SANTA FE, N.M. —
The crew member who was in charge of gun safety and usage on the “Rust” set said through her attorneys Friday that the movie set had become unsafe before the fatal shooting and that she had been denied time to train actors, maintain weapons and prepare for gunfire scenes.
Hannah Gutierrez Reed had been hired for two different roles on the low-budget western, which made focusing on her job as armorer “extremely difficult,” according to a written statement from two New Mexico attorneys that was shared with The Times.
Gutierrez Reed had “no idea where the live rounds came from,” her attorneys said. They said that she and the set’s prop master had “gained control over the guns and she never witnessed anyone shoot live rounds with these guns … nor would she permit that.”
“There’s no way a single one of them was unaccounted for or being shot by crew members,” the statement said, adding that she locked up the set’s guns at night and at lunch.
Gutierrez Reed had “fought for training, days to maintain weapons and proper time to prepare for gunfire, but ultimately was overruled by production and her department,” said her attorneys, Jason Bowles and Robert Gorence. The entire production was made unsafe by Bowles, Gorence and other factors. Those conditions, they said, were not “the fault of Hannah.”
The Times has previously reported that Baldwin’s stunt double accidentally fired two rounds the Saturday before the shooting after being told that the gun was “cold,” meaning the weapon did not have any ammunition, including blanks, two crew members who witnessed the episode told The Times. A camera operator had written a complaint about accidental gun discharges days before the shooting. Gutierrez Reed, her attorneys stated that she has not had an accidental discharge since. They said one discharge on the “Rust” set was connected to the prop master and the other to a stuntman whom Gutierrez Reed had informed that his gun was “hot with blanks.”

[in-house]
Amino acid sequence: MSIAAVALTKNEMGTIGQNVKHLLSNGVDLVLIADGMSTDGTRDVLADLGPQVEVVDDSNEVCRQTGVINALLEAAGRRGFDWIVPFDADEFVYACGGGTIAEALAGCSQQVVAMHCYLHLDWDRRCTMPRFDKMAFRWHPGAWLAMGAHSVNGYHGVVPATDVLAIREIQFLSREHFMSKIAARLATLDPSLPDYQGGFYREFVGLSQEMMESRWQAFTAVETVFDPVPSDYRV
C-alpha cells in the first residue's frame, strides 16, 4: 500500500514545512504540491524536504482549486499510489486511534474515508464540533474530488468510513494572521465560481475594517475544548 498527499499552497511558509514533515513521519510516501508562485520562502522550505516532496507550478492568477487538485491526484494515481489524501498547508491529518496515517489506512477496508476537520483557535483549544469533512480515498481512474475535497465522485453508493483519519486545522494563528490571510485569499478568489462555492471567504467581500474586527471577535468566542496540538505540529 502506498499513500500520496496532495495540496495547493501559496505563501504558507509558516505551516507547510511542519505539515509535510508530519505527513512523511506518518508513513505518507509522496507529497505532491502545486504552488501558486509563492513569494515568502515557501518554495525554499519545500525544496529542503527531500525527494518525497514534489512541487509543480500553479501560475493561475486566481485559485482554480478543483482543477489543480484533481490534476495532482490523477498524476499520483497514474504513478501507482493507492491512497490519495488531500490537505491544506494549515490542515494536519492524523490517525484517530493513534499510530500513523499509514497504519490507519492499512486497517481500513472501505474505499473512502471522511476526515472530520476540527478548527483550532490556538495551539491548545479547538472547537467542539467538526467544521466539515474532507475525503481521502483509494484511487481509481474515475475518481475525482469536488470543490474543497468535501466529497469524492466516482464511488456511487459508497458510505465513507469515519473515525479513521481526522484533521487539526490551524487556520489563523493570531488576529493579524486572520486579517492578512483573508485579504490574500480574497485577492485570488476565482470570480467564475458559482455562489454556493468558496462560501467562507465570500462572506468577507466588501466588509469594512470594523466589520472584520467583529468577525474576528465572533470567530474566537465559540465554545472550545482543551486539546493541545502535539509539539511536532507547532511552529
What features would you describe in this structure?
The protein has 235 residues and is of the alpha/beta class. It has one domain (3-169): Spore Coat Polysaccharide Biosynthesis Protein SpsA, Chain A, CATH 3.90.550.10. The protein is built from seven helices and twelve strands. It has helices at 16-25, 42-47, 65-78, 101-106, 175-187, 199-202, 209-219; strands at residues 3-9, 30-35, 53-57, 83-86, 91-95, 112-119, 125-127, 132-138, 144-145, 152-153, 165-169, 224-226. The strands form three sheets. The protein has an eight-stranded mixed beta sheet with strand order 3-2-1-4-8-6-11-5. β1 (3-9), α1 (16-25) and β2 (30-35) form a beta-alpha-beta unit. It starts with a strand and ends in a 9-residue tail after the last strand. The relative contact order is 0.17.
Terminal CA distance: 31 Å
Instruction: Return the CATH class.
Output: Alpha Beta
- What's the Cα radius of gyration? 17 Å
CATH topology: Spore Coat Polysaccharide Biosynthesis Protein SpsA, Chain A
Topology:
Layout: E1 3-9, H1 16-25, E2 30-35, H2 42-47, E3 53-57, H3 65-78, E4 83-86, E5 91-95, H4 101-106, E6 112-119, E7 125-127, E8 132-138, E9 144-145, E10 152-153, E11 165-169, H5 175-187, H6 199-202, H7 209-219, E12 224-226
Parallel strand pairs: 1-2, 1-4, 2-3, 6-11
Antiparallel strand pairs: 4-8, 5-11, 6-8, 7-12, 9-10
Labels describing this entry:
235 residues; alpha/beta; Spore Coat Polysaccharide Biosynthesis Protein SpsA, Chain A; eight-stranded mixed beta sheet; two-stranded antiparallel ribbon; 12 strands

Gutierrez Reed also extended her condolences to the family of cinematographer Halyna Hutchins, who was killed by Alec Baldwin as the actor rehearsed a gunfire scene inside a church.
“Hannah is devastated and completely beside herself,” the statement said. Hutchins “was an inspirational woman in film who Hannah looked up to.”
Veteran prop master Neal W. Zoromski has previously said that the “Rust” producers had reached out to him on Sept. 20 asking if he wanted to join the crew to oversee all of the props and weapons.
Zoromski was interested and he asked for a staff of five, but line producers told him it was a low-budget film. Zoromski stated that he needed at least two technicians, an assistant prop master and an armorer.
The producers informed Zoromski they were going to combine the roles of prop assistant with armorer. This gave Zoromski a bad feeling. The job was then rejected by Zoromski.
“A prop assistant should never double as an armorer,” Zoromski told The Times last weekend .. “Those are two really big jobs.” “Those are two really big jobs.”
Gutierrez Reed told investigators that during lunch, the firearms were secured in a safe with a combination on a white prop truck that only “a few people” have access to. But the ammunition was left on a cart during the meal and “not secured.”
Gutierrez Reed also told investigators that live ammo was never kept on set. According to Santa Fe County Sheriff Adan Menzo, investigators found about 500 ammunition. It contained a mix of “blanks and dummy rounds as well as what we suspect were live rounds.”
Property master Sarah Zachry retrieved the firearms from the safe after lunch, Gutierrez Reed said. The armorer claimed that she gave the gun to Baldwin, as well as first assistant director Dave Halls, during filming. The shooting raised questions about the decision to hire an inexperienced armorer. Gutierrez Reed, 24, had served as lead armorer on only one film before getting the job on “Rust.”
The Arizona resident is the daughter of a former Marine who served as Brad Pitt’s gun coach on “The Assassination of Jesse James by the Coward Robert Ford” and served as a quick draw expert on “Django Unchained.” She has said that her favorite childhood memory with her dad was visiting the set of the 2007 film “3: 10 to Yuma,” which was filmed in New Mexico.